Making the Most of Mumbai


Mumbai is a cosmopolitan city made up of people of all religions, castes, creeds and nationalities

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It would take a lifetime and then some to experience all the things to do in , the largest city in India. but in this article we have provided you with a guide on how to at least get started...

A Night in Mumbai

Mumbai is one of the best cities for nightlife, with different things going on every night. There’s a whole host of places to choose from in Colaba, South Mumbai or Western Mumbai from late evening to early morning. See the city come to life at night in restaurants, resorts, hotels, bars, clubs and pubs with live music, jugglers, fire eaters, face painters, tattoo artists and fortune tellers.

If you want to go clubbing, you can take your pick from popular venues like Blue Frog, Velocity, Fire ‘N’ Ice, the Taj Hotel and the JW Marriott hotel, among others. At these venues, for a reasonable price you can expect a fun evening with great music and drinks. Most of these places don’t allow ‘stag entry’ (single men), places that do are very few and are more expensive than others. Red Om Entertainment also put on a good night at Worli's Mayfair Ballrooms.Most of the parties in Mumbai last till 1 am due to government restrictions, except for private parties.

If you want to get away from the crowds with someone special then Mumbai has some spectacular views on offer. You can take a ferry ride in the Arabian Sea, spending all night on board and enjoying the majestic views of the Gateway of India, the Taj hotel and the Mumbai skyline.

Mumbai at NightMumbai at NightGateway of IndiaGateway of India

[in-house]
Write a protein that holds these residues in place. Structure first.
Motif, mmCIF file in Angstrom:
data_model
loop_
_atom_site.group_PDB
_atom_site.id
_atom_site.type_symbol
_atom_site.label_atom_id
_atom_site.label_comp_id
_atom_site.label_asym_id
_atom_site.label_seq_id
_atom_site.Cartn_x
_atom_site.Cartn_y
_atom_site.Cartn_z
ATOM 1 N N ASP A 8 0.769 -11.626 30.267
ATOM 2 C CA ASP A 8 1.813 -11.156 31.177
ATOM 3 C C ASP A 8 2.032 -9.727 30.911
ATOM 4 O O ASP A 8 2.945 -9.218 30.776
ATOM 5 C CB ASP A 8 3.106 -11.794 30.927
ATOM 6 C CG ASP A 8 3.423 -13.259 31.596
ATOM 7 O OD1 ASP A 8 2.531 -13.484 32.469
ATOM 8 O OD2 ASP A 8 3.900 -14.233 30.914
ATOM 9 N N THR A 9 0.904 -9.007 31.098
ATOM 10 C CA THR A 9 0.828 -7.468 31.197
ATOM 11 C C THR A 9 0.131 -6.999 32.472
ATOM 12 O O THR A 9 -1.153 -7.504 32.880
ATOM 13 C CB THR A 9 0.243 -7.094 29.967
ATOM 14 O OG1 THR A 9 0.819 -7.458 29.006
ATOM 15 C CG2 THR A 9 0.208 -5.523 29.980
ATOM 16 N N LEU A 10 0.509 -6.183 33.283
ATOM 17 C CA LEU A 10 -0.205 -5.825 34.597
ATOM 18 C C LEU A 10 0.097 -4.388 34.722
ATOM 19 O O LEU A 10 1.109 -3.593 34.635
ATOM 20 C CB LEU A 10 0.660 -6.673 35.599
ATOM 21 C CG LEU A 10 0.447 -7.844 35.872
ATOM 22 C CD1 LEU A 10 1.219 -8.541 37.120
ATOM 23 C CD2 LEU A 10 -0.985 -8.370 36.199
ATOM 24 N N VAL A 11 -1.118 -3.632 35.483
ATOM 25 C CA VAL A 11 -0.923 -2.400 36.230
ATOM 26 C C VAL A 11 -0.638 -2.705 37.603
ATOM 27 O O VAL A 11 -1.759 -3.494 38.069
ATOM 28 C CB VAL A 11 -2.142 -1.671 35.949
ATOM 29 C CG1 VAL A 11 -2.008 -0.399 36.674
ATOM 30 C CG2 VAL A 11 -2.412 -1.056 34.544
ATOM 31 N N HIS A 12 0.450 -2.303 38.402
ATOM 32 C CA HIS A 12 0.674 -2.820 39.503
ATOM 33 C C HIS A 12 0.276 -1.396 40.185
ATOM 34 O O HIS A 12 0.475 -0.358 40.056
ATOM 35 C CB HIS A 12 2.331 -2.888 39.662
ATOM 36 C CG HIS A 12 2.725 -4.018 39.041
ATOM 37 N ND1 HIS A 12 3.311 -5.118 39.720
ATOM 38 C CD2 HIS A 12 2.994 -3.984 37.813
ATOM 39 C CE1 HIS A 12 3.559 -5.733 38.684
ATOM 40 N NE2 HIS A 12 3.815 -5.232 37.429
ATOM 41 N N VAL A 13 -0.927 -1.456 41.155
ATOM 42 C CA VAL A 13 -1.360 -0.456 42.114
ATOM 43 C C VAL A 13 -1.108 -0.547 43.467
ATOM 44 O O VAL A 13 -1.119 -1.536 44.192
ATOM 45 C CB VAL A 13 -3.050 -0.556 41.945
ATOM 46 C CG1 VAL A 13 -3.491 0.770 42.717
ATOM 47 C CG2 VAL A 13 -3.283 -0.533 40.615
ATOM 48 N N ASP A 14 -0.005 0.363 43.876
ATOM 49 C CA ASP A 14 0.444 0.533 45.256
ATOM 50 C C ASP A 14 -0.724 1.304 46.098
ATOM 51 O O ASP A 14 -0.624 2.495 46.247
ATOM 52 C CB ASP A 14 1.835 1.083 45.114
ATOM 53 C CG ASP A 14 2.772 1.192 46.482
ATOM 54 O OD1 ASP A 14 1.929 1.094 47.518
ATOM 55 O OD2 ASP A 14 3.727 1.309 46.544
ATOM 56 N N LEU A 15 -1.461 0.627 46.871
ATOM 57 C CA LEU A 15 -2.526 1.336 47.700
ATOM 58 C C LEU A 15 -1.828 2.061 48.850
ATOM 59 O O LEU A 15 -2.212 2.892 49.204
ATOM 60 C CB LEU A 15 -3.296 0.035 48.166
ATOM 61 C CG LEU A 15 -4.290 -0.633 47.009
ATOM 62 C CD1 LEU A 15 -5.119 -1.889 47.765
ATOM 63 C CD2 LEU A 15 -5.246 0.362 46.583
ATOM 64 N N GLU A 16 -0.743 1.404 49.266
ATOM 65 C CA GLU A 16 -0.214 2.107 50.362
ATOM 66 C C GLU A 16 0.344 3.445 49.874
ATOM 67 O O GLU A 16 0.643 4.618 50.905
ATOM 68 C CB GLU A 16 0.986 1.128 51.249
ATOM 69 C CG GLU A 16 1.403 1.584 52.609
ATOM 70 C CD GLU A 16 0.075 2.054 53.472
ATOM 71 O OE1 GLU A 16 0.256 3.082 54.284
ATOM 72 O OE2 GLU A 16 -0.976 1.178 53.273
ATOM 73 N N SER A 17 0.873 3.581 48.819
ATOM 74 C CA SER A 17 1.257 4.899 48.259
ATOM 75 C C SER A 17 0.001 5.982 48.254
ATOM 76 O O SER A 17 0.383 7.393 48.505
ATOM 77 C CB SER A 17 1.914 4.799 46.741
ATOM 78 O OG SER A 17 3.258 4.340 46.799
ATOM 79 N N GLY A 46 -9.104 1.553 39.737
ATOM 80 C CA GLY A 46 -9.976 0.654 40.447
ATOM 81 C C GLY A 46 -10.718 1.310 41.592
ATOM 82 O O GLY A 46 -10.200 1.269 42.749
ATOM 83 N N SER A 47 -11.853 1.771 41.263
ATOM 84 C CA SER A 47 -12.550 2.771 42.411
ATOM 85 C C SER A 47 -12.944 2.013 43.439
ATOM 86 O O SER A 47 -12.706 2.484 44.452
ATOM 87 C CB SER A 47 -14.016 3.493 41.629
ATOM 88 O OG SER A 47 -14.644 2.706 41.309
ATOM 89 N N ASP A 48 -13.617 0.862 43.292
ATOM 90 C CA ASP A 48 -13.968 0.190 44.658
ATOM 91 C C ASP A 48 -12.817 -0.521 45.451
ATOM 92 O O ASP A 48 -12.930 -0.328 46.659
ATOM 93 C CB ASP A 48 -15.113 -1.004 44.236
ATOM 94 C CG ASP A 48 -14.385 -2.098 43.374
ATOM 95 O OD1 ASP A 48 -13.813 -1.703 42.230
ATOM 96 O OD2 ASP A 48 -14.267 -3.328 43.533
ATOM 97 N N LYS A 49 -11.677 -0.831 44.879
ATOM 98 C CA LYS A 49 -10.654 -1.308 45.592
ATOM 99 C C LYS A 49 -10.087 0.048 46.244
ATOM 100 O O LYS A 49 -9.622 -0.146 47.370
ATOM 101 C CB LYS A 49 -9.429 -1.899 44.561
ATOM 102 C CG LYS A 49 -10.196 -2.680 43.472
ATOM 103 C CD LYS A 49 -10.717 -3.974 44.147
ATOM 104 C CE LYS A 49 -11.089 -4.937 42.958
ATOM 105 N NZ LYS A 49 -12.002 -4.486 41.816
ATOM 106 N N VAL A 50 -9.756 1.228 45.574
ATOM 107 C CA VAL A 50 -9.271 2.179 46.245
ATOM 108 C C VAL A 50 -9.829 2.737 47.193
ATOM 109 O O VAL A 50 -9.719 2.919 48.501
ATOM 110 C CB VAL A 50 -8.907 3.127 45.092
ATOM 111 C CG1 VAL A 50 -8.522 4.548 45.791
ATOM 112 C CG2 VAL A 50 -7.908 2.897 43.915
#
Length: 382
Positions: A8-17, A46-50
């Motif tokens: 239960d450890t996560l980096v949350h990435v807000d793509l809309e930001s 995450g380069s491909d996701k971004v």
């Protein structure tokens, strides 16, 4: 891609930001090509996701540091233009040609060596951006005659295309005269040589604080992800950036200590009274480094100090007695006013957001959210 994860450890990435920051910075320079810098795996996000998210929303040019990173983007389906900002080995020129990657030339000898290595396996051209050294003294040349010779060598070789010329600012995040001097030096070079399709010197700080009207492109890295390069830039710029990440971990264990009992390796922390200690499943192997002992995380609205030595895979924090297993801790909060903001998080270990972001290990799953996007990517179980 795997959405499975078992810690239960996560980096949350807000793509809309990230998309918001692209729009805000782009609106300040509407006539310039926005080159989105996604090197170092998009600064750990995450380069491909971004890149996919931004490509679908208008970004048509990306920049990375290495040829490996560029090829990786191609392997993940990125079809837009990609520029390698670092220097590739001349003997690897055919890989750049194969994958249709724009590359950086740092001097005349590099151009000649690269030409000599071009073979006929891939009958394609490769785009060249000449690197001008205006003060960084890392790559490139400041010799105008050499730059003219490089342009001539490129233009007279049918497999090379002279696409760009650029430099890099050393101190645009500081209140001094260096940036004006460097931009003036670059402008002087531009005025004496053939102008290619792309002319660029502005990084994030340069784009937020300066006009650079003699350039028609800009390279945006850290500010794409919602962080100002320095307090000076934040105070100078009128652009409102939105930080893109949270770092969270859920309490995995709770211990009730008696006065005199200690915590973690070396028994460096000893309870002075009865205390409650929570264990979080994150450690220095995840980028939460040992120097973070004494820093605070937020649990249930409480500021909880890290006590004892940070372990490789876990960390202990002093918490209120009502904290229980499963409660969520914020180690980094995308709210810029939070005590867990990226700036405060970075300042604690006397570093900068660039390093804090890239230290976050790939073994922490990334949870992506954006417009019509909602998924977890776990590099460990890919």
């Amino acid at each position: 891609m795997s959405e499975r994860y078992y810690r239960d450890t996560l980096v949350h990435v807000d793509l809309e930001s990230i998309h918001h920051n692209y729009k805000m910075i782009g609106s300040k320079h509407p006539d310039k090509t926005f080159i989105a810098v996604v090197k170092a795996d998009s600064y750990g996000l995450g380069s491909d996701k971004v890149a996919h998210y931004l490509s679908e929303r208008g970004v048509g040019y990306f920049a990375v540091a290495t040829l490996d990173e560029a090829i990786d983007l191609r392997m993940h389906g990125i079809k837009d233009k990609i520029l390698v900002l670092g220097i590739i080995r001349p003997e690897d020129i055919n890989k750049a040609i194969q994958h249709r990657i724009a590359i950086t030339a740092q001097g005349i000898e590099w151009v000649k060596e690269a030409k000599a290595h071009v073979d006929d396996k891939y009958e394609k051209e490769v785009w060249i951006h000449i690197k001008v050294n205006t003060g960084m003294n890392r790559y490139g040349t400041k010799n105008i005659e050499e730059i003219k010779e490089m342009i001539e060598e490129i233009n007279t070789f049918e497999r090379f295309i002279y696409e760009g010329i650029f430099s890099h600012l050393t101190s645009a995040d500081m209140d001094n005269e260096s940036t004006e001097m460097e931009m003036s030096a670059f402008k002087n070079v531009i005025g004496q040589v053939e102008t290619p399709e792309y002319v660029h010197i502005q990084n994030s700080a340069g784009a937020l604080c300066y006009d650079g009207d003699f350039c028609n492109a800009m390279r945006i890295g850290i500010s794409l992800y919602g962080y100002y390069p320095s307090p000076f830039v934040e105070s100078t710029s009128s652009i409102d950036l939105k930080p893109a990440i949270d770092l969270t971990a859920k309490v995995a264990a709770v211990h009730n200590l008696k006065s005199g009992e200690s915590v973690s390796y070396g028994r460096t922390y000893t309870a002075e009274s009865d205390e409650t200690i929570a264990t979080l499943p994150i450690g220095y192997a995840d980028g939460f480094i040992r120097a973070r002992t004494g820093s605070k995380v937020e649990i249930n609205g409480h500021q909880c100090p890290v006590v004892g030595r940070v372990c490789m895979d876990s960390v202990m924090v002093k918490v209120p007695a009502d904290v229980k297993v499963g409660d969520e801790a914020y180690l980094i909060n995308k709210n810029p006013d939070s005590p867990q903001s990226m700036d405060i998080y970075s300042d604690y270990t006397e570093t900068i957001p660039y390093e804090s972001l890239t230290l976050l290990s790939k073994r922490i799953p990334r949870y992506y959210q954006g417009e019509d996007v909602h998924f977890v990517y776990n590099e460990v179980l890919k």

A Mouthful of Mumbai

Mumbai is a cosmopolitan city made up of people of all religions, castes, creeds and nationalities. This amalgamation of different ethnicities has given rise to a very varied restaurant scene and cuisine; from vegetarian and kosher meals to seafood and meat dishes.The city is also famous for various sweet delicacies such as shrikhandpuran polishira and chikki, which are appreciated around the world.

When it comes to snacks there’s a lot to choose from - rassamisal pavbatata vada and aamras, among others, and that’s not forgetting bhakri - a bread made from different kinds of flour, mainly jowar and bajra - which forms part of the daily menu in rural areas. Rice is eaten throughout Maharashtra and is a large part of a typical daily meal, which also includes some form of bread, bhaji (sabzi) and dal. If traditional Mumbai cuisine is what you’re after, try some Maharashtrian thali. Thali food is very famous and a serving of it is more than enough for one person; it includes four chapattis, pulses, vegetables, curd, rice, salad and a dessert. The major components of Marathi food are wheat, rice, jowar , vegetables, lentils and fruit.

Some other well-known delicacies of Mumbai are bombil batata bhajiragda patissev purimasala purikamag kakrisolachi kadhi and pav bhajiBhel puri is a popular fast food dish in Mumbai, taking the place of hamburgers and hot dogs in other countries. Most snacks are very hot and spicy. Vada pav is made with deep fried potatoes, served in bread. Pani puri consists of puris (puffed flat bread) filled with sprouts and potatoes. There are many food stalls in the city, in Khau Galii and Zaveri Bazaar for example, which sell these delicious dishes.

Another famous dish in Mumbai is chivda, flattened rice with spices and vegetables.  Low budget Marathi recipes like dal rice, misal pav and usal pav are popular, and spicy chats are a particular favourite with Mumbaikars, the city’s residents. Baida (egg) parathaboti kebabs, biryani, mixed fish curry and fresh bombil also feature in the city’s rich array of dishes. There’s so much to choose from in Mumbai, something’s sure to tickle your taste buds.

Batata Vada (Flickr Credit: Meanest Indian)Batata Vada (Flickr Credit: Meanest Indian)

Festival Fever

Mumbai is a colourful and traditional city, celebrating festivals with gusto throughout the year. Be sure to check some of them out in Mumbai, they are a sight worth seeing.

In the month of Phalgun (February/March), Mumbaikars celebrate Holi, a colourful springtime festival.